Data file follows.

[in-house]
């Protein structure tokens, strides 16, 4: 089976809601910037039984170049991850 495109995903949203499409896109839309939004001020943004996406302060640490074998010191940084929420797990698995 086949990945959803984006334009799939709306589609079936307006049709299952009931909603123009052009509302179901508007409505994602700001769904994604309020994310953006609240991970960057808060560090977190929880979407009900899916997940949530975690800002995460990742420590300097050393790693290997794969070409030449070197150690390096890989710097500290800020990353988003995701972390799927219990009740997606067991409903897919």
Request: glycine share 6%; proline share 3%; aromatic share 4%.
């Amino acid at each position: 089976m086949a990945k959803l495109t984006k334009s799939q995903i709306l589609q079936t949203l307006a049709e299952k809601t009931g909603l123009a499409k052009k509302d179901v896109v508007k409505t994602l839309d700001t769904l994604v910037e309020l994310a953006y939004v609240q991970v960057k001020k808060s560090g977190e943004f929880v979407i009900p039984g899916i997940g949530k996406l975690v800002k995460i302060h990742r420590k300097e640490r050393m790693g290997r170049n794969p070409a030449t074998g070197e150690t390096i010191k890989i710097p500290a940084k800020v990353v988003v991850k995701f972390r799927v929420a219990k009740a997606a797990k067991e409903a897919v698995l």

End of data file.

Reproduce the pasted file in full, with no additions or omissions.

[in-house]
């Protein structure tokens, strides 16, 4: 089976809601910037039984170049991850 495109995903949203499409896109839309939004001020943004996406302060640490074998010191940084929420797990698995 086949990945959803984006334009799939709306589609079936307006049709299952009931909603123009052009509302179901508007409505994602700001769904994604309020994310953006609240991970960057808060560090977190929880979407009900899916997940949530975690800002995460990742420590300097050393790693290997794969070409030449070197150690390096890989710097500290800020990353988003995701972390799927219990009740997606067991409903897919």
Request: glycine share 6%; proline share 3%; aromatic share 4%.
């Amino acid at each position: 089976m086949a990945k959803l495109t984006k334009s799939q995903i709306l589609q079936t949203l307006a049709e299952k809601t009931g909603l123009a499409k052009k509302d179901v896109v508007k409505t994602l839309d700001t769904l994604v910037e309020l994310a953006y939004v609240q991970v960057k001020k808060s560090g977190e943004f929880v979407i009900p039984g899916i997940g949530k996406l975690v800002k995460i302060h990742r420590k300097e640490r050393m790693g290997r170049n794969p070409a030449t074998g070197e150690t390096i010191k890989i710097p500290a940084k800020v990353v988003v991850k995701f972390r799927v929420a219990k009740a997606a797990k067991e409903a897919v698995l």